This explains the younger, more coddled generation, but what about older, supposedly more worldly people like Colbert? Consider his career: endless adulation from the people who matter, with laughter and applause and book signings and laudatory articles in the highest-status publications on the planet. His phalanx of writers and producers protects him from the right-wing riff-raff he mocks by writing his lines for him: all he has to do is read a script aloud. Imagine the relief of having to do away with the caricature he used to play, the comedy masquerade that did little to conceal his seething contempt for the backwards rubes in flyover country. Now Colbert could be himself. He was on top of the world, nowhere to go but up. Conflict was something that sister-humping trailer park-dwellers engaged in over meth pipes. Hillary Clinton would usher in a new Utopia where—
Oh, shit. Oh, shit. Trump won? This can’t be happening. The first true, unavoidable confrontation Colbert’s had in years hits him, and he’s not prepared for it. His worldview has been rejected by the very rubes he contemns. It’s fight-or-flight time. Whatever tissue-paper facade of perspective he had built for himself is gone, leaving fear in its wake. It’s not just his life at stake; don’t you understand? The world’s at stake. This madman Trump’s going to destroy the world, just like Charles Murray will destroy the world if he speaks at Middlebury, and just like you’ll destroy the world if you say the wrong thing to the right person. Filled with righteous rage and terror, Colbert attacks, using the same kind of taunts that he used as a child to deal with schoolyard conflict: Trump sucks Putin’s cock. The cover for the attack is flimsy, but it’ll do: Trump called his CBS colleague’s show a bad name, so he deserves it. Colbert’s fought back.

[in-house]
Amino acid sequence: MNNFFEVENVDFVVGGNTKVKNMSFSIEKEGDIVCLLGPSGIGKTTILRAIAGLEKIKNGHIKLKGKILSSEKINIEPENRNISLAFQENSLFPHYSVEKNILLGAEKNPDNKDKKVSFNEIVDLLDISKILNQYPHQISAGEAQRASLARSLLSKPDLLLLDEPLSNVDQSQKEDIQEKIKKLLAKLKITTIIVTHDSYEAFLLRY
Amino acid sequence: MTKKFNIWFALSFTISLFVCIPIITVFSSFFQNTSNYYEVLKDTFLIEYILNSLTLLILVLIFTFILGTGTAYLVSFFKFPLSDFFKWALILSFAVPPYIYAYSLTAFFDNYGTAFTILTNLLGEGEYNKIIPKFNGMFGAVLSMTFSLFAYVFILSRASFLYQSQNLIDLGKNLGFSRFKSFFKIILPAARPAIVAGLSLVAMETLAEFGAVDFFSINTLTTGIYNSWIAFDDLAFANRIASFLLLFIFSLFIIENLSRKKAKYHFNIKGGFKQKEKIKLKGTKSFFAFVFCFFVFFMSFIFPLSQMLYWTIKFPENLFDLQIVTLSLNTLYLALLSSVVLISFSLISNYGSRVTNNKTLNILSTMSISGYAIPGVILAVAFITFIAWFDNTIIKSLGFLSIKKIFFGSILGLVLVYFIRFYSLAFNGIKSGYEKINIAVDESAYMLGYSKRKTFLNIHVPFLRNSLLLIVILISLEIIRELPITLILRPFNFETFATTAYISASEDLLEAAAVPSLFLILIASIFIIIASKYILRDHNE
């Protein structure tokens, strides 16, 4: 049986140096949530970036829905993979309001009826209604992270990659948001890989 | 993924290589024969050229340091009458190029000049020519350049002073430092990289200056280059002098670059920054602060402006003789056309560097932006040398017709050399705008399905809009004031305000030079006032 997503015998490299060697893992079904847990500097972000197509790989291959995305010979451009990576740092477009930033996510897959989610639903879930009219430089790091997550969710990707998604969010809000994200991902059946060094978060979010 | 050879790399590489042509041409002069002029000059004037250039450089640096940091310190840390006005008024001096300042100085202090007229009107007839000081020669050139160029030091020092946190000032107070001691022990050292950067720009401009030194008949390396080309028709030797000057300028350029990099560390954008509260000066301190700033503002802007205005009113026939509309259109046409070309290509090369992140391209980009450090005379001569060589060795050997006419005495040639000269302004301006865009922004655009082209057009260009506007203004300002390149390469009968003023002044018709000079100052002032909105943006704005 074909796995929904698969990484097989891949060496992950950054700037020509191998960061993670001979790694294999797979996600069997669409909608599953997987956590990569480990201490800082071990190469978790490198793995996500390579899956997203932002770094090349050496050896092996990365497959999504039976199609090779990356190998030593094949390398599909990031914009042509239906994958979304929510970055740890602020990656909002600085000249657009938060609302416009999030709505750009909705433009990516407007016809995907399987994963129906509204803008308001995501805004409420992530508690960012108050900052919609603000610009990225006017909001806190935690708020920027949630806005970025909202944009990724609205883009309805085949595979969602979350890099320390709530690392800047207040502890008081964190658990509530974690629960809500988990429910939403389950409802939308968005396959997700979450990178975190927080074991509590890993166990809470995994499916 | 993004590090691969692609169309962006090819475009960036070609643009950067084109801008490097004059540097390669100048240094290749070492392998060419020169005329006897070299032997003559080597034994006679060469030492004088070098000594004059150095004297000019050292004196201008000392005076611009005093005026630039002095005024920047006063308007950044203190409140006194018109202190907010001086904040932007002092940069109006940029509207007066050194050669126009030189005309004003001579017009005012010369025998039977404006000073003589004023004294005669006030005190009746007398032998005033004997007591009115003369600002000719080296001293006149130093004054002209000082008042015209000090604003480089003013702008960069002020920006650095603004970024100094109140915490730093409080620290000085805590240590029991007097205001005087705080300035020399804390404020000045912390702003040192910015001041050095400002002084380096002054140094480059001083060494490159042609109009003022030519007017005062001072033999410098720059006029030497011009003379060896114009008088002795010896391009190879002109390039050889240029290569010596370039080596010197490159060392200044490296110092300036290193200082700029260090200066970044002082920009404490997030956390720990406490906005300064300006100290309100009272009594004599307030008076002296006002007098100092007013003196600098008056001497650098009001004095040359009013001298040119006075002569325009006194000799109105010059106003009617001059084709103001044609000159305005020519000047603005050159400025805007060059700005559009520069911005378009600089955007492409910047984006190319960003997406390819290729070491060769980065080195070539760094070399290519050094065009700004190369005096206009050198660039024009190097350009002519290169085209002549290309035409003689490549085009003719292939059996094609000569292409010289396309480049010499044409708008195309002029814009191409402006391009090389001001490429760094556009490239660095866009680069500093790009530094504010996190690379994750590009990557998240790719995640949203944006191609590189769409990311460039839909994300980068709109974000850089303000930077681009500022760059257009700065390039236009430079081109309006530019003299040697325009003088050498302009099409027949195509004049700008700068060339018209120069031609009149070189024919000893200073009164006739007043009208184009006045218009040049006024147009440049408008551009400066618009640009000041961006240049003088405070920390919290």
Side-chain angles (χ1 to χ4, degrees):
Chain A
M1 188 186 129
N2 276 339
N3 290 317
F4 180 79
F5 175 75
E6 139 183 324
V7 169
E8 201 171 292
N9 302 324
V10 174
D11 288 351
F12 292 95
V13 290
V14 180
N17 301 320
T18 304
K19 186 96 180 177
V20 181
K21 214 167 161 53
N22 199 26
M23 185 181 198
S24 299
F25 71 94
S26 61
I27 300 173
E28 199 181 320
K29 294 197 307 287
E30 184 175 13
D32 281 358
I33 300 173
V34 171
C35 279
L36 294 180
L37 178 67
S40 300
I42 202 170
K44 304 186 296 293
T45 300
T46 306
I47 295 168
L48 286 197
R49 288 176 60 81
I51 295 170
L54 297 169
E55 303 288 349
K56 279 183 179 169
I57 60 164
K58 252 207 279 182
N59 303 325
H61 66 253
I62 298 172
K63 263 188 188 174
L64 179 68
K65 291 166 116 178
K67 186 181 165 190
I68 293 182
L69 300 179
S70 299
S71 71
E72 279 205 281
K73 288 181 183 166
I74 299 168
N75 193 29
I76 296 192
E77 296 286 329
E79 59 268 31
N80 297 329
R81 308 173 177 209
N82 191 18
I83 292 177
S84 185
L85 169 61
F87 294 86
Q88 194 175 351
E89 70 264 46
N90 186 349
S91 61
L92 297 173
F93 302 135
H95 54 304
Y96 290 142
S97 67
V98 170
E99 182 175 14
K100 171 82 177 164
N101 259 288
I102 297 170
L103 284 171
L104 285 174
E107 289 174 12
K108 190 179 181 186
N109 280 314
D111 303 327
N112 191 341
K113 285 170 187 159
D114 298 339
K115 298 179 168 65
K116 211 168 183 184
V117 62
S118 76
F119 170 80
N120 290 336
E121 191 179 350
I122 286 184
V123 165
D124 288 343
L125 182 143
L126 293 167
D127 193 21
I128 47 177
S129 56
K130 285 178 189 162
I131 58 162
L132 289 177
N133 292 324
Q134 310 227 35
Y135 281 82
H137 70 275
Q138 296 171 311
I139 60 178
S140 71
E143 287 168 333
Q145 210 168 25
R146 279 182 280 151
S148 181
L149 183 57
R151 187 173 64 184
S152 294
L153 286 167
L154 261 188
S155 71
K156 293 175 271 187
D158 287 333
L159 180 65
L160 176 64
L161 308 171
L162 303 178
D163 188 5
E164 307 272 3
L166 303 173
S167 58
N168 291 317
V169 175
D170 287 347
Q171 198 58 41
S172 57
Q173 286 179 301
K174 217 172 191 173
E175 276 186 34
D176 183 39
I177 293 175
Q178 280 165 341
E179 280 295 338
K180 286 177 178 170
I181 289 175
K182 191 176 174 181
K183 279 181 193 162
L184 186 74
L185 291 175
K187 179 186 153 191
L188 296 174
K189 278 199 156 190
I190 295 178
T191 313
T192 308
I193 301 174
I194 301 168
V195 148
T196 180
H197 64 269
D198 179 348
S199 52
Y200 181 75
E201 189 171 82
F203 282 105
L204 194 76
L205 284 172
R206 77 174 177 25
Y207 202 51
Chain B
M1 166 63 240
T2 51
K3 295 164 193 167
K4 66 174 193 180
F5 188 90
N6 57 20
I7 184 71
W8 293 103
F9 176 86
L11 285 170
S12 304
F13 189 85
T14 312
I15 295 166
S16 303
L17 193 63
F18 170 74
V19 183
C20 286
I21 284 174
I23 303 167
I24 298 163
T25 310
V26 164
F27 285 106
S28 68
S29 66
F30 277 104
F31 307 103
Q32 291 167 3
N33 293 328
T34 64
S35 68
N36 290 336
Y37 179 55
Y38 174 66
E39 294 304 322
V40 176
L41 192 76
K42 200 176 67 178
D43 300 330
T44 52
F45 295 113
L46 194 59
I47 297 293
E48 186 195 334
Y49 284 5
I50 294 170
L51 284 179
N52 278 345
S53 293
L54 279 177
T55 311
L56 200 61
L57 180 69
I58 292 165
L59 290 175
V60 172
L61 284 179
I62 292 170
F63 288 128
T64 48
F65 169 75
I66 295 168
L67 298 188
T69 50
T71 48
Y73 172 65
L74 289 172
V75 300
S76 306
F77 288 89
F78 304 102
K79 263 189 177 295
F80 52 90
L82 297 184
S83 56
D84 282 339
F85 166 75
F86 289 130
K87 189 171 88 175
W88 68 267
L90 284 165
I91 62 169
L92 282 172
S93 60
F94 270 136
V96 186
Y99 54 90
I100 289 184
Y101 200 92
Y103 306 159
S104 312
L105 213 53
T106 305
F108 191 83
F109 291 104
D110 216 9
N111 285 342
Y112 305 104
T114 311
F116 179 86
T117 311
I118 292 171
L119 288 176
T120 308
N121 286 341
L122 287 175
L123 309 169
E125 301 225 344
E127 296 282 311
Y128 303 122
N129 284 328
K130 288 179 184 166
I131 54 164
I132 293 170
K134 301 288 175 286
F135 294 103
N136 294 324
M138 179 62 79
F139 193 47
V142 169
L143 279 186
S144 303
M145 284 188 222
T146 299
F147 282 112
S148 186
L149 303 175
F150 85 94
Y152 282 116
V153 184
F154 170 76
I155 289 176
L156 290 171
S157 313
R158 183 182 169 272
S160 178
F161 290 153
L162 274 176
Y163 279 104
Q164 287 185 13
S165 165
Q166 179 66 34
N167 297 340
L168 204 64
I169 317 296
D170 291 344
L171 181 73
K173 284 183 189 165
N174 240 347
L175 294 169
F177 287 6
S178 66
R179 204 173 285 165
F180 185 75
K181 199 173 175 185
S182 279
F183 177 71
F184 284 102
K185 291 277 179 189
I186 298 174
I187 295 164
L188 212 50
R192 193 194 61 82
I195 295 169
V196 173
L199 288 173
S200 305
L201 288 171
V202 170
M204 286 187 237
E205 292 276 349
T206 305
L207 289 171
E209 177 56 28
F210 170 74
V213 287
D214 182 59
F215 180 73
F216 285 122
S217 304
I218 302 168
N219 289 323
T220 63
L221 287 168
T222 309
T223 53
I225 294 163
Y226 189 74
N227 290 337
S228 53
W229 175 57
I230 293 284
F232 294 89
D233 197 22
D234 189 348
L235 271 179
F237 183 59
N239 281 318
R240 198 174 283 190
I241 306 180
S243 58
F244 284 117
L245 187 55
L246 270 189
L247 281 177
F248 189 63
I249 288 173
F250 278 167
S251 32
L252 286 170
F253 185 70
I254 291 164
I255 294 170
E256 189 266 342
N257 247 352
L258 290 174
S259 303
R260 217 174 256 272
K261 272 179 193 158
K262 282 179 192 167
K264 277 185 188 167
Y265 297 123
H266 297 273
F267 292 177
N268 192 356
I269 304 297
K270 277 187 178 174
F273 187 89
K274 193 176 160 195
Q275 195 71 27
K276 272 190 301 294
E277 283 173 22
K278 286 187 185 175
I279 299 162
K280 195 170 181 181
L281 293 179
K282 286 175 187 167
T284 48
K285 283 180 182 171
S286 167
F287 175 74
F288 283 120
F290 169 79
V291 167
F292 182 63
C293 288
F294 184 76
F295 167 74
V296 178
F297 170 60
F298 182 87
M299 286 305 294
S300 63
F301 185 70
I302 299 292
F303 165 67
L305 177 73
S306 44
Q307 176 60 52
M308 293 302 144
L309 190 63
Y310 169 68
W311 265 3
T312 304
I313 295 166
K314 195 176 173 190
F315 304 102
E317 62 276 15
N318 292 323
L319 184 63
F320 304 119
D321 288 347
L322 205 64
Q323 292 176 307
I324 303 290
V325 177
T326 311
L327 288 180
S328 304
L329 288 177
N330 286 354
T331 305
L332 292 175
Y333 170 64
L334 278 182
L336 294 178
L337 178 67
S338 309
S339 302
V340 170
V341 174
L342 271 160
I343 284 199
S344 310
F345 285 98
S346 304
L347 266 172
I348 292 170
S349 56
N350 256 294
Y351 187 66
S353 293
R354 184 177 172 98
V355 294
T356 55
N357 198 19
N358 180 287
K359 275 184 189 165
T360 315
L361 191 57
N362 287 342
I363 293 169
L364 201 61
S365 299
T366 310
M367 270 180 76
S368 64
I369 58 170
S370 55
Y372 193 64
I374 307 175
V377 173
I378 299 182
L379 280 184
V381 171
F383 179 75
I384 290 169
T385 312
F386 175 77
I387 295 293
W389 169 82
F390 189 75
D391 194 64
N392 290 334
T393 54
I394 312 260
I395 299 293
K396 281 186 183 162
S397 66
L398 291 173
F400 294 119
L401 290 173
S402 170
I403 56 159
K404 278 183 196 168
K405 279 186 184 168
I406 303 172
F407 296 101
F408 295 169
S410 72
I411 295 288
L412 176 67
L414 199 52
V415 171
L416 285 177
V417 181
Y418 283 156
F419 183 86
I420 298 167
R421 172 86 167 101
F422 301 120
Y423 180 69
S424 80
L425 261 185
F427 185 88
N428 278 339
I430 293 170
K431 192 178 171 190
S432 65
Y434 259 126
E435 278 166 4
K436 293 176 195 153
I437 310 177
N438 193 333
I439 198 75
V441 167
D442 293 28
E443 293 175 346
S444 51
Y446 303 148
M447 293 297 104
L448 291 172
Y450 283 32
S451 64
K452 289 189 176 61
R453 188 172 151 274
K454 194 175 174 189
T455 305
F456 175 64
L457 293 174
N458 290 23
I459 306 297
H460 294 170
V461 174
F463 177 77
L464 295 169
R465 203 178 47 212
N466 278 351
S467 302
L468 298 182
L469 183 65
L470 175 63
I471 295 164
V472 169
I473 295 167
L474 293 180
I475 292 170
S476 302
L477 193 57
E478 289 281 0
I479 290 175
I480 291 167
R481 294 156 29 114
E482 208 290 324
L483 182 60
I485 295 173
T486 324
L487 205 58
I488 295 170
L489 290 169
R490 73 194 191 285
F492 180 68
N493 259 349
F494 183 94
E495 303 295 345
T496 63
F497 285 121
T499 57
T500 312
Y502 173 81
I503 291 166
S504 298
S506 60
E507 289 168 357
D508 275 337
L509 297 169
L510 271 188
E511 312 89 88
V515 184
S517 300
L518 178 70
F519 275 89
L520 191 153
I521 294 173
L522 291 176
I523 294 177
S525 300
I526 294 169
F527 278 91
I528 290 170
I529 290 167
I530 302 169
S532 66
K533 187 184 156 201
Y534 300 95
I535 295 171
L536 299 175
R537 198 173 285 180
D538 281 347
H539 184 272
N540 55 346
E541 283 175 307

But the fear’s still there. It’ll always be there as long as Trump’s in office. Trump is the very essence of conflict (“he fights”). Trump’s presence in public life evokes fight-or-flight responses in progressives across the world.
So what’s the news media but a larger symbol of Colbert’s existential struggle? They haven’t had to do any work to speak of for eight years, and were expecting at least another four years of ease with Clinton. Now every negative word Trump says about CNN is an out-and-out assault on the foundation of civilization, which they alone protect: the right to a free (progressive) press. Disagreements over journalistic ethics and practices have been elevated to the struggles of Rome against Trump/Hannibal and his MAGA elephants. Fight or flight. Democracy dies in darkness. We’re scared.
The solution to this is to fight back every single time. In days of yore, when we knew the difference between a disagreement and a knock-down, drag-out fistfight, we practiced forbearance as a genteel virtue. We can’t do that any longer. Get more comfortable with conflict, fight as dirty and nasty as they do, and don’t stop until they’ve slunk back to their safe spaces. Teach them the virtues of losing and the lessons that only pain can teach. You’ll be doing them a favor.